How does it work?
Pradaxa capsules contain the active ingredient dabigatran etexilate, which is a type of medicine called a direct thrombin inhibitor. It is used to stop blood clots forming within the blood vessels.
Blood clots usually only form to stop bleeding that has occurred as a result of injury to tissue in the body. However, after hip or knee replacement surgery there is a risk of blood clots forming in the blood vessels. This risk is increased by being immobile for long periods of time following the surgery, as a result of slowed blood flow in the leg and pelvic veins. A clot that forms in the veins of the leg is called a deep vein thrombosis. These dangerous blood clots can travel to the lungs, causing a serious condition called a pulmonary embolism.
People with a type of fast irregular heartbeat called atrial fibrillation (AF) are also at risk of blood clots forming, both within the heart and in the blood vessels. This is because the abnormal heart rhythm disrupts blood flow in the blood vessels. Clots in the heart can detach and travel to the brain, causing a stroke. Clots can also travel in and block other blood vessels around the body.
The blood clotting process is complicated. When blood begins to clot, a cascade of chemicals is activated within the body, resulting in the formation of an enzyme called thrombin. Thrombin is central to the complete process of blood clotting. It causes a protein called fibrinogen to be converted into another called fibrin. Fibrin binds blood cells called platelets together, and this forms the blood clot.
Dabigatran works by binding to thrombin in the clotting process described above and blocking its action. This stops the formation of fibrin, the essential component of blood clots. Dabigatran can therefore prevent blood clots from developing.
What is it used for?
- Preventing dangerous blood clots in the veins (venous thromboembolism) in adults who have undergone elective total hip or knee replacement surgery.
- Preventing the formation of blood clots that can cause a stroke or blockage of other blood vessels in the body in people with a type of irregular heartbeat called atrial fibrillation (AF). This medicine is licensed to prevent these types of blood clots in people with AF who have one or more of the following additional risk factors:
- a history of stroke or blood clots
- heart failure
- age over 75 years
- age over 65 years and either diabetes, high blood pressure or coronary artery disease.
How do I take it?
- Pradaxa capsules can be taken either with or without food.The capsules should be swallowed whole with water. They must not be opened or chewed because this dramatically increases the absorption of the medicine into the body and thus increases the risk of bleeding (see warning section below).
- The dose prescribed and how often the medicine needs to be taken depends on whether you are taking the medicine to prevent blood clots following surgery, or to prevent a stroke or other blood clot because you have AF. It is important to follow the instructions given by your doctor. These will be printed on the dispensing label that your pharmacist has put on the packet of medicine.
- If this medicine is being used to prevent blood clots following hip or knee replacement surgery, treatment should be started within one to four hours after the surgery, though this may be delayed if there are any complications with bleeding after surgery. The capsules are taken once daily for 10 days following a knee replacement and for 28 to 35 days following a hip replacement.
- Do not stop taking this medicine until you have been advised to by your doctor.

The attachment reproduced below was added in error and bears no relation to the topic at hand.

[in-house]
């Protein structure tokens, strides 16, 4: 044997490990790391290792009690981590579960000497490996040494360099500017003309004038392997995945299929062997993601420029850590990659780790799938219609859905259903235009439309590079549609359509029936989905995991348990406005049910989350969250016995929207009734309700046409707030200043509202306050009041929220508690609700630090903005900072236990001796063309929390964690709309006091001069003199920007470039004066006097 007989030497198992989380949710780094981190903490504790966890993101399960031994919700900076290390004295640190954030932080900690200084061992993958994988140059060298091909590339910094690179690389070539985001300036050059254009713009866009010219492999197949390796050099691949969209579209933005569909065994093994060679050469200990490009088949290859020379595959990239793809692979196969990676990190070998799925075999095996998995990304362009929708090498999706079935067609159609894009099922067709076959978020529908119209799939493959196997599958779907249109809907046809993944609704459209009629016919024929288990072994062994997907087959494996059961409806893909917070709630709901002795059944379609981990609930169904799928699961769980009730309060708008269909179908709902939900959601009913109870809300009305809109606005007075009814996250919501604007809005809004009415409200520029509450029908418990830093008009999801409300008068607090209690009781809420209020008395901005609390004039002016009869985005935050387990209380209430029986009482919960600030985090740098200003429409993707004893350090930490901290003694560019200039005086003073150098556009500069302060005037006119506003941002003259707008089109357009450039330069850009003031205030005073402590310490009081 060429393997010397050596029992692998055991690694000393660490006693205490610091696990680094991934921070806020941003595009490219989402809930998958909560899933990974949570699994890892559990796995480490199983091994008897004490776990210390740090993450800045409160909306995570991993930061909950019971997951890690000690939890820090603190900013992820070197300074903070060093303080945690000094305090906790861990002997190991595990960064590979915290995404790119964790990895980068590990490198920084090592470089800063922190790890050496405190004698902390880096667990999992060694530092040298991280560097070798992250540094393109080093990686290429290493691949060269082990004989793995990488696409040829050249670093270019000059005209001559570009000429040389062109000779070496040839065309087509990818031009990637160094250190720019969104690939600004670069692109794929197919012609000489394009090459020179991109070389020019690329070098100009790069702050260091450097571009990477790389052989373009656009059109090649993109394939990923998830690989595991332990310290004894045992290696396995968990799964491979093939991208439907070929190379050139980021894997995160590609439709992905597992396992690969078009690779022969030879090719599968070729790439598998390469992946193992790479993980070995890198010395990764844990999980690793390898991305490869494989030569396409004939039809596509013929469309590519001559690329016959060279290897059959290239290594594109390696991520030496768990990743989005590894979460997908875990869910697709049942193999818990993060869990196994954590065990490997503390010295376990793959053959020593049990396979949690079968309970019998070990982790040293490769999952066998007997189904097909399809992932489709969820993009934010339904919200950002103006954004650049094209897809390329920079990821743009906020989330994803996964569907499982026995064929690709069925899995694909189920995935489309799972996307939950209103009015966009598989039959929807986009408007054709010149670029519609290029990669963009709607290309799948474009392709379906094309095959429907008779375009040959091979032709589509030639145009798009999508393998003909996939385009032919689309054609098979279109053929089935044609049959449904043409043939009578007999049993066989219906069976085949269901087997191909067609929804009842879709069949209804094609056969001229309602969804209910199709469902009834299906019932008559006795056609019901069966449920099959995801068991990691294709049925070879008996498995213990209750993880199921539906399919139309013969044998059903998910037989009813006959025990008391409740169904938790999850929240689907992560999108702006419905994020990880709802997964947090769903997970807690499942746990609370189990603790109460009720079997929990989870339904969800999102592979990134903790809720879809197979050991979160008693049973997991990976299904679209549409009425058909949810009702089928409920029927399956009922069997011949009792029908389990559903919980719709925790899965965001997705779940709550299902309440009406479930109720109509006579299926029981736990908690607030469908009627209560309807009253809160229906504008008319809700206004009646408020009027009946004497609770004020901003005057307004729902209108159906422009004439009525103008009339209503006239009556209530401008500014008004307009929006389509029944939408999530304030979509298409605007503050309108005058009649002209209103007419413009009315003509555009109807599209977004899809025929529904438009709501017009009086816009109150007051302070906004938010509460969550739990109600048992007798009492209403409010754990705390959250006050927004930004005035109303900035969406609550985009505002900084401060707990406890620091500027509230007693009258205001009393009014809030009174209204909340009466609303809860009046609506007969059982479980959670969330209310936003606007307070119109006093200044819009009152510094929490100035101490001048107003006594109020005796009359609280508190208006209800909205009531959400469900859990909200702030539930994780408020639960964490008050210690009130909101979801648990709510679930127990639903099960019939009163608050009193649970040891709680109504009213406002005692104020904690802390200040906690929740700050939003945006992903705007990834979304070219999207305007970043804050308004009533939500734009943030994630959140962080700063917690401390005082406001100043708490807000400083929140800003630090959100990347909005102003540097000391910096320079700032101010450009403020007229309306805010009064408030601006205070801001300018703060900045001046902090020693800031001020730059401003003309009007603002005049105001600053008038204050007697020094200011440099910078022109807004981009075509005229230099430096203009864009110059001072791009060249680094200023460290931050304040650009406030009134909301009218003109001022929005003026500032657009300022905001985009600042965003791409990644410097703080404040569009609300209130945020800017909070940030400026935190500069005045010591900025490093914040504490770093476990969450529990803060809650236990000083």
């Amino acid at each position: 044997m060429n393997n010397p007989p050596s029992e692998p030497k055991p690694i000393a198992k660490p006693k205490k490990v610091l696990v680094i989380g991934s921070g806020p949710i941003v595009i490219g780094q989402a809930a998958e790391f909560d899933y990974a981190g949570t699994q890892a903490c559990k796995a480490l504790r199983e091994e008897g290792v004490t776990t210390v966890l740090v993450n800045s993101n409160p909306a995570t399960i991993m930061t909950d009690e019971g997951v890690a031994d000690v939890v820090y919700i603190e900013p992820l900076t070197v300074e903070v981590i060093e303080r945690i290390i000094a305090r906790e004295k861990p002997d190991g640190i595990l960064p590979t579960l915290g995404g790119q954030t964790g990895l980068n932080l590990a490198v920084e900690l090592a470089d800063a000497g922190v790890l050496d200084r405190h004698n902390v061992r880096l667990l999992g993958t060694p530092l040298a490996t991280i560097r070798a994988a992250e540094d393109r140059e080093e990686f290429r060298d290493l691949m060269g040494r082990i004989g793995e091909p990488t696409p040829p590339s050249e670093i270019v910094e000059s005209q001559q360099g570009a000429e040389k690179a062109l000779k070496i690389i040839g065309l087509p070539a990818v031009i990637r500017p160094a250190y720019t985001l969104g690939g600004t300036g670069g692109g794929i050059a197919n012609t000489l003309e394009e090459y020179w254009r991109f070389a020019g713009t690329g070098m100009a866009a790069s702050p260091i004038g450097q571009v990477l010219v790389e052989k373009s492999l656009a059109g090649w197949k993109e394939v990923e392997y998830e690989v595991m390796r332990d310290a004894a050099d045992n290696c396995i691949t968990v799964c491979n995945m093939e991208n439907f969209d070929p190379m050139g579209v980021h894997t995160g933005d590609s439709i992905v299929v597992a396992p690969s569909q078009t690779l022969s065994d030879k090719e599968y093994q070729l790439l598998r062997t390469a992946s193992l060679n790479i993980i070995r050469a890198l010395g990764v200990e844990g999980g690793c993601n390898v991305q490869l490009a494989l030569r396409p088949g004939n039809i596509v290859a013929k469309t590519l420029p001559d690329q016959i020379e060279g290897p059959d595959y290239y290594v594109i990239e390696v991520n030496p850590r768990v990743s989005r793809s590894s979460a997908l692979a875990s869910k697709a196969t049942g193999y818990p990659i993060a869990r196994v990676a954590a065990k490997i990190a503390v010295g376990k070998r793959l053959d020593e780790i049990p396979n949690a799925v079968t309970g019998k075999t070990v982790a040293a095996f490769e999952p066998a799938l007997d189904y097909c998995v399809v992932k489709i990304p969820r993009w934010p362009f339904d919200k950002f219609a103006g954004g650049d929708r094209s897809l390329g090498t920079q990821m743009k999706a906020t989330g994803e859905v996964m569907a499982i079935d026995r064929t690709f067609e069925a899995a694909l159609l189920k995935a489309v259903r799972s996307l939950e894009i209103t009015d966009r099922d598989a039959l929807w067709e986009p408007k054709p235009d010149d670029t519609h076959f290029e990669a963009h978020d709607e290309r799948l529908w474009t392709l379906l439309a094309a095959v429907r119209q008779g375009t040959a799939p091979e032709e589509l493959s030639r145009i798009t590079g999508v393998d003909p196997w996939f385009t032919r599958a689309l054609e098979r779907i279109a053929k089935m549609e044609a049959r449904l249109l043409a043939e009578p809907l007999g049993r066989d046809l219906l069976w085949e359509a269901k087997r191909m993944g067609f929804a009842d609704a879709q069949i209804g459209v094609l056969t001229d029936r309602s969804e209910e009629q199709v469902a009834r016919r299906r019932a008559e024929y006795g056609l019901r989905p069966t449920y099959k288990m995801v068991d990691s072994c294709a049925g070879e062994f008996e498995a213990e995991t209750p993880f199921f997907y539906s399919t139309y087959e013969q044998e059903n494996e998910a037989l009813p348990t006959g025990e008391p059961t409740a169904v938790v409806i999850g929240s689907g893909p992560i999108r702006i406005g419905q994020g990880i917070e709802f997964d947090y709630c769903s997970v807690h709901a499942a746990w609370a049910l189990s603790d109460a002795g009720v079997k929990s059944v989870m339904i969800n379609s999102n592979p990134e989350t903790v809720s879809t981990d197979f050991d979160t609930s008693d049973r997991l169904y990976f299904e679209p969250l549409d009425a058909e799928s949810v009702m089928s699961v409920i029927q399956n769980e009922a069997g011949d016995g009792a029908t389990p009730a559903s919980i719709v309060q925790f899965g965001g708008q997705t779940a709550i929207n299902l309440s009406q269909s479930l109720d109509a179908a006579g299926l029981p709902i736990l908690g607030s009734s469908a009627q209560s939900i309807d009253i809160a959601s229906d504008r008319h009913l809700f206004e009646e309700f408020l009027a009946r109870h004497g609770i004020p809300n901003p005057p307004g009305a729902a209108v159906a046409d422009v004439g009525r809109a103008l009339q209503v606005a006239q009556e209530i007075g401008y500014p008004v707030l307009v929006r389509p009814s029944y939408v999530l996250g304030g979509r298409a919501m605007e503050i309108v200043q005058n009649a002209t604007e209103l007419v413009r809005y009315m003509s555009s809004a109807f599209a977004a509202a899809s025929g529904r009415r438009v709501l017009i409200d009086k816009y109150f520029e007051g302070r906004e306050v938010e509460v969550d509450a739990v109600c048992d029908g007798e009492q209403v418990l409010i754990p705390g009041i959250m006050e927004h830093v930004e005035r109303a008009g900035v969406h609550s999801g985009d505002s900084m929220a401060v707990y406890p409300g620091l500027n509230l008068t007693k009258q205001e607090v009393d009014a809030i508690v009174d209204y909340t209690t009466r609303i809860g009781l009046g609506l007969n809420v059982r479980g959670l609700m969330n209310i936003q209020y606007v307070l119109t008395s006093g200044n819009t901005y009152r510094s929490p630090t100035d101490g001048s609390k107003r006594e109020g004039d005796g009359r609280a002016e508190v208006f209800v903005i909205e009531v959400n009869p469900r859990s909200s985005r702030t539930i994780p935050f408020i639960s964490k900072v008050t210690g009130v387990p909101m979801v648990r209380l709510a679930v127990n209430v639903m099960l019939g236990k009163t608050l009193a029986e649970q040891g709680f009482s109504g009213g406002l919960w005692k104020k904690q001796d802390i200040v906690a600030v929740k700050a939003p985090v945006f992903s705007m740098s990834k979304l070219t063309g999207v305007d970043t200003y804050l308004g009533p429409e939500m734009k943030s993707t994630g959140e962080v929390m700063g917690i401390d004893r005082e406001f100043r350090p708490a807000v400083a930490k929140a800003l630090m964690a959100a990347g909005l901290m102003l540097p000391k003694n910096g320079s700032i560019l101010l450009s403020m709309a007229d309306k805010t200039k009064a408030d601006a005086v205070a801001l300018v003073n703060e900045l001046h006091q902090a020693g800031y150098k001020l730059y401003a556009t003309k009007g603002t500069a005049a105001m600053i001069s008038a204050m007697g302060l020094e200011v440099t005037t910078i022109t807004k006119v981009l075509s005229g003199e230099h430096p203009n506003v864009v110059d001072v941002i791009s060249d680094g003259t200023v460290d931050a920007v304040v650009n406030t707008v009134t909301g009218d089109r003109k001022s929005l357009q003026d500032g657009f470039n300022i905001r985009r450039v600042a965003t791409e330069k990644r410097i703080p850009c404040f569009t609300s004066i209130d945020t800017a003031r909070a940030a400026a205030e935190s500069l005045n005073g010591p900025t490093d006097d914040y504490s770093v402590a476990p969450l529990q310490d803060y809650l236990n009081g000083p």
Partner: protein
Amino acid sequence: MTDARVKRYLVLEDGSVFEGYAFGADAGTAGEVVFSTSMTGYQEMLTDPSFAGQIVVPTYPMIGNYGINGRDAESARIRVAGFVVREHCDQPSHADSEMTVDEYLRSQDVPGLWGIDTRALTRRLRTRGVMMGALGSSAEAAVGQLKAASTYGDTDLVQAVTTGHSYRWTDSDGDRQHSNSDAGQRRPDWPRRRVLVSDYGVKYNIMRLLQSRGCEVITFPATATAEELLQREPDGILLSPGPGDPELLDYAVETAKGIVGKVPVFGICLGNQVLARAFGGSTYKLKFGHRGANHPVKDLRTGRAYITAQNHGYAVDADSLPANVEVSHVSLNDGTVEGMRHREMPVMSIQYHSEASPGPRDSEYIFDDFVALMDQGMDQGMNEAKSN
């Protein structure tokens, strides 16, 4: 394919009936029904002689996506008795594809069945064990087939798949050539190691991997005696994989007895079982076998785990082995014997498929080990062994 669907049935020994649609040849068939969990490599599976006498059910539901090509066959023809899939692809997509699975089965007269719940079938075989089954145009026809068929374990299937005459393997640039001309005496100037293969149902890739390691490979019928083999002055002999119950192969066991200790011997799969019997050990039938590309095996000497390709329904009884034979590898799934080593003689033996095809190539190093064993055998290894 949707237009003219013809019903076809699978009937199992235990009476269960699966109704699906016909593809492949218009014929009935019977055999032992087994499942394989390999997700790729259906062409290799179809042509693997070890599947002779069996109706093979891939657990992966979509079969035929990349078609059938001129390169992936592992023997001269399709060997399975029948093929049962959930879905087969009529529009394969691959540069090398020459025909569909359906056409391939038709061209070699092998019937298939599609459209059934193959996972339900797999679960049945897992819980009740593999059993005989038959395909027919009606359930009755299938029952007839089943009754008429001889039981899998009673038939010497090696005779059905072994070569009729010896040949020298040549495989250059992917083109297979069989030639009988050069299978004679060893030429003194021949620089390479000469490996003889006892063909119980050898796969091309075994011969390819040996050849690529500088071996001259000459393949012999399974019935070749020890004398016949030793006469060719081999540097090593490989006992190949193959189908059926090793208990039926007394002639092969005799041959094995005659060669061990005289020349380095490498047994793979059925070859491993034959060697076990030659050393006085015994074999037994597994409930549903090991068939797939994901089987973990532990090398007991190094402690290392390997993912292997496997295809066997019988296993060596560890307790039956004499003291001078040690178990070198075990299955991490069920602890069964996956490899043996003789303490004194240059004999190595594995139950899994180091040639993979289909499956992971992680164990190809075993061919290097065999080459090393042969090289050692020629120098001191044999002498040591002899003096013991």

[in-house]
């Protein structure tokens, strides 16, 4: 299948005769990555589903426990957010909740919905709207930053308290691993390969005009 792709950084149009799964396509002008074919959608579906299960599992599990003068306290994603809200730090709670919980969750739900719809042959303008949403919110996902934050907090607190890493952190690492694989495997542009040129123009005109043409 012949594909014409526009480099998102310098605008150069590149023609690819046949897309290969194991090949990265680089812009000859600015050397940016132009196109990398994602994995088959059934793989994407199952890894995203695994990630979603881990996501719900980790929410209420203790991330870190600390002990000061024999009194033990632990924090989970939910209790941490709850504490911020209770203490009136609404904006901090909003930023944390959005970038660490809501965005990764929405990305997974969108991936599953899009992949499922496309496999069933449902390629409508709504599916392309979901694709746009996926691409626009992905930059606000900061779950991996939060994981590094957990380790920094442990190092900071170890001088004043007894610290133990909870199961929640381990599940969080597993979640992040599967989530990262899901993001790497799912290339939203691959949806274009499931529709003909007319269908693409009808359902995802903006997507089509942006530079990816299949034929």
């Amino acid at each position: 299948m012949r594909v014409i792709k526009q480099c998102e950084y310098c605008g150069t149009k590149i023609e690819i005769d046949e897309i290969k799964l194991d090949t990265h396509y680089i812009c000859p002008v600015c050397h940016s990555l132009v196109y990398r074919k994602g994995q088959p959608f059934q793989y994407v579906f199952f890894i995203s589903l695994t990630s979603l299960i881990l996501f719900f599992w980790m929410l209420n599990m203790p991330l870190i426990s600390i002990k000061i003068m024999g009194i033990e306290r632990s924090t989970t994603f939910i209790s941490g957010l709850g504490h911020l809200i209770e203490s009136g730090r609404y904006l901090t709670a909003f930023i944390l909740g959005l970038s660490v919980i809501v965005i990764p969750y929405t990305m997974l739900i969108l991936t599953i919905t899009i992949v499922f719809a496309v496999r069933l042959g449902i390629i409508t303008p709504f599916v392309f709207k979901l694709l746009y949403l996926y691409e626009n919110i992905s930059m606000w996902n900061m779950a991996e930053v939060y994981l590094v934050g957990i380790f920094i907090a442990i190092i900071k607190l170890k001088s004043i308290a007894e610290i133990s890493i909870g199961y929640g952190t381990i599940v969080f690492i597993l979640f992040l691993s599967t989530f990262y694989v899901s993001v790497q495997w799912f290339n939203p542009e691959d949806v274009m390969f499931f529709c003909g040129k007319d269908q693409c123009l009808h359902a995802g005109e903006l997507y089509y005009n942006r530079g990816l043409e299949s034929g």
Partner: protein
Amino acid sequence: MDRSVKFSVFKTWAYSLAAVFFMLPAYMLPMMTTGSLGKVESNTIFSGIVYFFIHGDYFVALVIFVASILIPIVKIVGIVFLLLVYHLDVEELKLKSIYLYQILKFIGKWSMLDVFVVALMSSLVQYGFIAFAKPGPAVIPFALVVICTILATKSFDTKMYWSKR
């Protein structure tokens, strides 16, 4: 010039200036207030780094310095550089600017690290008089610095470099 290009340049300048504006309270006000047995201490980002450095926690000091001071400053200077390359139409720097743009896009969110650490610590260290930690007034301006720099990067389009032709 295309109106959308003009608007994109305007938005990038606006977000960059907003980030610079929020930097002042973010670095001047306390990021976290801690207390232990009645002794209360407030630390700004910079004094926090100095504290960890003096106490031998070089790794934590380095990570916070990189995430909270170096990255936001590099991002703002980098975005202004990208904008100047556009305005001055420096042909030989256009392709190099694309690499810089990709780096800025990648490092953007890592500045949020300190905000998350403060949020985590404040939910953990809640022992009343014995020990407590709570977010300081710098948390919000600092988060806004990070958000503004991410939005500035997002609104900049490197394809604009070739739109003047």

- As this medicine prevents blood clotting, the most common side effects associated with treatment involve bruising or bleeding. Not all people will experience side effects. However, it is important that you let your doctor know straight away if you notice any sign of bruising or bleeding while you are taking this medicine. This includes any signs of blood in your urine, coughing up blood, or any sign of bleeding from the stomach or intestine, for example vomiting blood and/or passing black/tarry/bloodstained stools. You should also get urgent medical advice if you fall or injure yourself, particularly if your hit your head, while taking this medicine, due to the increased risk of bleeding.
- It is important that you tell any health professional treating you, including your dentist, that you are taking this medicine. If you are due to have any surgery it is also important to talk to your doctor in advance about your medicine. For some surgery it is safe to keep taking dabigatran, whereas if you are going to have major surgery with a higher risk of bleeding your doctor may want you to stop taking your dabigatran up to four days before the surgery. Follow the instructions given by your doctor.
- Your doctor will want to check your kidney function before you start treatment, because some kidney problems may increase the risk of bleeding with this medicine. If you are taking this medicine on a long-term basis and you are over 75 years of age or have any existing kidney problems, your doctor will also want to check your kidney function at least once a year.
- This medicine contains sunset yellow food colouring, which may cause allergic reactions in some people.
Use with caution in
- Elderly people.
- People who weigh less than 50kg or more than 110kg.
- Decreased kidney function.
- Liver disorders.
- Bacterial infection of the heart valves and the lining surrounding the heart (bacterial endocarditis).
- People with heart disease.
- People with diabetes.
- People with an increased tendency to bleed, for example due to blood clotting disorders such as haemophilia.
- People with low numbers of blood cells called platelets in their blood (thrombocytopenia).
- People with inflammation in the stomach (gastritis), inflammation of the foodpipe (oesophagitis) or gastro-oesophageal reflux.
- People who have recently had a biopsy.
- People who have recently had a major injury.
- People having spinal or epidural anaesthesia or injection into the spine (lumbar puncture).
- People taking medicines that may increase the risk of bleeding, for example non-steroidal anti-inflammatory drugs (NSAIDs, eg diclofenac), SSRI antidepressants, eg fluoxetine, or antiplatelet medicines such as low dose aspirin or clopidogrel (see last section of factsheet for more examples).
Not to be used in
- People with active severe or dangerous bleeding.